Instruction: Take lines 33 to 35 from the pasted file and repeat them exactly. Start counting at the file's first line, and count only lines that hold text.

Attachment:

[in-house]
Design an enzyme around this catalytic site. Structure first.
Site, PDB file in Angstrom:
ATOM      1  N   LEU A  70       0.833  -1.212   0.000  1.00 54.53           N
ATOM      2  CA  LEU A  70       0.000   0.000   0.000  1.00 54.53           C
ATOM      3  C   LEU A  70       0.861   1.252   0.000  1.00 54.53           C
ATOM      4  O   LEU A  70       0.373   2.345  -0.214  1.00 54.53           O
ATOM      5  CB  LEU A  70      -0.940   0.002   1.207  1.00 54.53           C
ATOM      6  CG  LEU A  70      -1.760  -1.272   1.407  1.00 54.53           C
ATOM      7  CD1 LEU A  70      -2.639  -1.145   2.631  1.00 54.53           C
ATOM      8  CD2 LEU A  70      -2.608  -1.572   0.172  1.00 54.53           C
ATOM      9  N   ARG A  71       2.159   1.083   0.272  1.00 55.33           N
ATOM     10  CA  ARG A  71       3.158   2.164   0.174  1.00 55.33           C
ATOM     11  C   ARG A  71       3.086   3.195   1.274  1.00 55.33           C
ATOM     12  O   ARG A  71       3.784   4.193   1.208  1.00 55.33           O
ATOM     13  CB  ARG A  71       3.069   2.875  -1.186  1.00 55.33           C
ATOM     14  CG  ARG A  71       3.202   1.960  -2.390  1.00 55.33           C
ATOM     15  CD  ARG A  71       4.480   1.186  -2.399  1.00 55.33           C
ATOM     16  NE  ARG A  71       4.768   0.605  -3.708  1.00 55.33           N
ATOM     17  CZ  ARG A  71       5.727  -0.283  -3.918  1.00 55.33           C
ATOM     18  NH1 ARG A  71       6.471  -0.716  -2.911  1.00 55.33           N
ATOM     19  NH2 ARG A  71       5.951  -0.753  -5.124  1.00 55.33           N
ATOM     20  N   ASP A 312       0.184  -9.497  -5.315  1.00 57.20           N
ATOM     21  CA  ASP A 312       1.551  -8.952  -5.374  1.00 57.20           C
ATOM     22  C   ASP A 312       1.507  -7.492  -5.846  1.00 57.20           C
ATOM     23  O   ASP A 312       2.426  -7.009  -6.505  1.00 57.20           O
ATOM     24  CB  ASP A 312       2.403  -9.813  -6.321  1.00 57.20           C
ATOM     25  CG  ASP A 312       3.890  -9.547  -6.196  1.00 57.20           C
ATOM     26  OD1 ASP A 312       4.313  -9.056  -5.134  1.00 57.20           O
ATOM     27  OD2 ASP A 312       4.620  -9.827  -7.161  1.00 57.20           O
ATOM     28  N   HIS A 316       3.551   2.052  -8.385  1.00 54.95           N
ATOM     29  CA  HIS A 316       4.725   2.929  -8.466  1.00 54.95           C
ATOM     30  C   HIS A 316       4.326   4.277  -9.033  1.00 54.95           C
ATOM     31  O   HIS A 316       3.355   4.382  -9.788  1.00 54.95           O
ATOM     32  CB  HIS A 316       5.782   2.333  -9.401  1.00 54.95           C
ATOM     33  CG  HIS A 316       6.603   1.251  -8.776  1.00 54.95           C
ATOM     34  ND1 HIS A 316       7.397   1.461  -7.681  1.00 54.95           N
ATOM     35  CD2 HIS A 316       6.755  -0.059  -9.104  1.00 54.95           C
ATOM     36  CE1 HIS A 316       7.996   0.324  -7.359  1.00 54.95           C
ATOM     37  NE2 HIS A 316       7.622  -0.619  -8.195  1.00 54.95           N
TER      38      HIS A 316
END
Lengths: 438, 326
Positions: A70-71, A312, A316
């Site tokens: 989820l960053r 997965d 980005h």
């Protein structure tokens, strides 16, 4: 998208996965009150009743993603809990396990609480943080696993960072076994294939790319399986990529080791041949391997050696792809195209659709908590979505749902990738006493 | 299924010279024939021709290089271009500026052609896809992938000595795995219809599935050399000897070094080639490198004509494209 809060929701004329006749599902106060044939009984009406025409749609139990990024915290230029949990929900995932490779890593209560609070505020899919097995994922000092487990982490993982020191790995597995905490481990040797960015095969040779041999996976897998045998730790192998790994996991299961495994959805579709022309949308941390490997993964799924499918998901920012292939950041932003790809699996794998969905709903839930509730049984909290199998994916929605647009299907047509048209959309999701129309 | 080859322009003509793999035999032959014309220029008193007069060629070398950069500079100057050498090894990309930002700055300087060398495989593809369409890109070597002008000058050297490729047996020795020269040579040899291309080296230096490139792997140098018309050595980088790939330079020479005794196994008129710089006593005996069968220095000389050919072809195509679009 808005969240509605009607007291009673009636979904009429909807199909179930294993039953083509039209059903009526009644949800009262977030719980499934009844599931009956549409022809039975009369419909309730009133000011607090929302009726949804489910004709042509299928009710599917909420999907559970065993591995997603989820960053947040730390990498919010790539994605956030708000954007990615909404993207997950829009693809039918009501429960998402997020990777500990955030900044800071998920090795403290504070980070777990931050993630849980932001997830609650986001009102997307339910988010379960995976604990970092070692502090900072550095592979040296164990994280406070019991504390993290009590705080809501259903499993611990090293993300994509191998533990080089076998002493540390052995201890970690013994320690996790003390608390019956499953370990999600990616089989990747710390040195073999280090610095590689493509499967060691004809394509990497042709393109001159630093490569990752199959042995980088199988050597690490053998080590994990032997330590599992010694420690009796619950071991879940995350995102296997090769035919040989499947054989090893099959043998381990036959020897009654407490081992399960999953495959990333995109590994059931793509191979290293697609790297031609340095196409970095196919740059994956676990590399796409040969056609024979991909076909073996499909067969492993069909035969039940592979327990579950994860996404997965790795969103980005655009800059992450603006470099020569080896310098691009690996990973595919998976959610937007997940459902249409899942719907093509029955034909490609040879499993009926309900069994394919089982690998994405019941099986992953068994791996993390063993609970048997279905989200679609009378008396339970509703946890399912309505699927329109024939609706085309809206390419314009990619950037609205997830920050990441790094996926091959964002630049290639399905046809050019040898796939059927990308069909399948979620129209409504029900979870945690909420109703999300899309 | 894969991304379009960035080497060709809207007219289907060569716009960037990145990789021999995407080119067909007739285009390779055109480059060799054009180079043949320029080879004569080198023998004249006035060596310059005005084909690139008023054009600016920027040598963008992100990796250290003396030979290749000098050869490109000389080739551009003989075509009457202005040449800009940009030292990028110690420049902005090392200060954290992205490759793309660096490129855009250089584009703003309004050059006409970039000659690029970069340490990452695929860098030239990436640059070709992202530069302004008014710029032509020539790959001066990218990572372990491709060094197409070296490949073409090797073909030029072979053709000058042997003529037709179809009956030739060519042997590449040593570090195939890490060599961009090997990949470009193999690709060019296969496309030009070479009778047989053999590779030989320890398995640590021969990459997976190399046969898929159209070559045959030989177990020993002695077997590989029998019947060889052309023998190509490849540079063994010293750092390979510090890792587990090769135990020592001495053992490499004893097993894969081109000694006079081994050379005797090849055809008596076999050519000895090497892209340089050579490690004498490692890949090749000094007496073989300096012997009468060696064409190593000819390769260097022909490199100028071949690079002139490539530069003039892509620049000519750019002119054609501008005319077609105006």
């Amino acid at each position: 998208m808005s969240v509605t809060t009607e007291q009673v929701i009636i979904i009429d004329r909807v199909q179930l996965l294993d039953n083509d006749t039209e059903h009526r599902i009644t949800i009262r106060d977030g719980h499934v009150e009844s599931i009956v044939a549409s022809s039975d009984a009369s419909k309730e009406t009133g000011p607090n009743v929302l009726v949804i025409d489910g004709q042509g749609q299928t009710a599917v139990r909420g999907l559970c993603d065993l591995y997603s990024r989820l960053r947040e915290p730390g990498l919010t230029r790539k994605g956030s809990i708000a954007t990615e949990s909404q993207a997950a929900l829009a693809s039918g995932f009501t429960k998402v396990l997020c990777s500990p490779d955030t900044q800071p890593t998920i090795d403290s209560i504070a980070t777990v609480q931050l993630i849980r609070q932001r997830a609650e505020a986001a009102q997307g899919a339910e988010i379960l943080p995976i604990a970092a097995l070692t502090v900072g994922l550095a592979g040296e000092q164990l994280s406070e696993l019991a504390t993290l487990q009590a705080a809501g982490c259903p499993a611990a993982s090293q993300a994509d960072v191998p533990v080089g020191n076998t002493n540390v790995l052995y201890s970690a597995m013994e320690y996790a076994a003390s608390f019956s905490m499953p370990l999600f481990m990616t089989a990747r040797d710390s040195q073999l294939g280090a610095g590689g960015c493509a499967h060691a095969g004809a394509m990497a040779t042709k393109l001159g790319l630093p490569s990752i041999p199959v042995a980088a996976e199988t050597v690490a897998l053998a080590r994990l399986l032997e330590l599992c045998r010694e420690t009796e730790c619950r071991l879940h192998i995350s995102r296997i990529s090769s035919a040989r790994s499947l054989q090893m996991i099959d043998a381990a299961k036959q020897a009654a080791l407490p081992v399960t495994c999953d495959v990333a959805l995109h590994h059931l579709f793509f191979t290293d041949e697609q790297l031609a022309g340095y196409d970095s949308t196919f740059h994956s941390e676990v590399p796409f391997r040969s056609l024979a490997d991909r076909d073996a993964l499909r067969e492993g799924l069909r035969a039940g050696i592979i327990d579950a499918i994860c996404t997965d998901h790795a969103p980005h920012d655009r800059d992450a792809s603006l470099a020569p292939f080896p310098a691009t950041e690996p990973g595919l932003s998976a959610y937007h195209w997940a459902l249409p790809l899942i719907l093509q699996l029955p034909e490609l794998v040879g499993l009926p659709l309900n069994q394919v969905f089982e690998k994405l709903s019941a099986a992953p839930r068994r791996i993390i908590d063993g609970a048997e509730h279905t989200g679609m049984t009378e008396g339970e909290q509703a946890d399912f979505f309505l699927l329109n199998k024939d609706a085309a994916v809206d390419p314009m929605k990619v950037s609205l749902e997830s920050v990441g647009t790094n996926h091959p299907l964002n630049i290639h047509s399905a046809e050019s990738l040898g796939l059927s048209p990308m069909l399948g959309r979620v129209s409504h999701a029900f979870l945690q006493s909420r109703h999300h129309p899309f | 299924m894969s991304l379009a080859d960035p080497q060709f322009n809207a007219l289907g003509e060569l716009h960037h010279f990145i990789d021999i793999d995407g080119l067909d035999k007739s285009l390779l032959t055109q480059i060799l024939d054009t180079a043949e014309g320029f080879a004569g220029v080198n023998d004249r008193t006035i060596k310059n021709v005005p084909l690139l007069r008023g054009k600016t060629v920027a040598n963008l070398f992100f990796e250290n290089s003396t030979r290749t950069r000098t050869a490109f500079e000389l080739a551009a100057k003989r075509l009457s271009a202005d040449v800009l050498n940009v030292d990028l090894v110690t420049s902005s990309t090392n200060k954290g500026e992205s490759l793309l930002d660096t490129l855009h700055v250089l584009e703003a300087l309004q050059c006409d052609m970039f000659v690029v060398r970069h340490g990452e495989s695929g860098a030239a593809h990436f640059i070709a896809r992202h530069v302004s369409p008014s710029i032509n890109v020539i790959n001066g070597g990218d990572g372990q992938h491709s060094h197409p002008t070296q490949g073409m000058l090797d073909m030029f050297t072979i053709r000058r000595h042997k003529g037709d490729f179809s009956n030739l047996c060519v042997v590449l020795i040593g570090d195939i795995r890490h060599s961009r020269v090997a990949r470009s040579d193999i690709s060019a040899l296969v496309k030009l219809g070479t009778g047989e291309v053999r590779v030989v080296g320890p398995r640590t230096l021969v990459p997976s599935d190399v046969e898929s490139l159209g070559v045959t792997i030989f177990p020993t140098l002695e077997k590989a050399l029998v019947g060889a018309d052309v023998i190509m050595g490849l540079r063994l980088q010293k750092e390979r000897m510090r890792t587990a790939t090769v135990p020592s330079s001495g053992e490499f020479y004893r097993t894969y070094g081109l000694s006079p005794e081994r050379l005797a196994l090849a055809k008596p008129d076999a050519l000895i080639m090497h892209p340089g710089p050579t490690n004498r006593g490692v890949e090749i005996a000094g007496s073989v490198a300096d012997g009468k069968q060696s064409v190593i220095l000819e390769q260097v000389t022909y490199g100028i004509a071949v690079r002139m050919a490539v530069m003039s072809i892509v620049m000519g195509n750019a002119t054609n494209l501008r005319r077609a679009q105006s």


ATOM     30  C   HIS A 316       4.326   4.277  -9.033  1.00 54.95           C
ATOM     31  O   HIS A 316       3.355   4.382  -9.788  1.00 54.95           O
ATOM     32  CB  HIS A 316       5.782   2.333  -9.401  1.00 54.95           C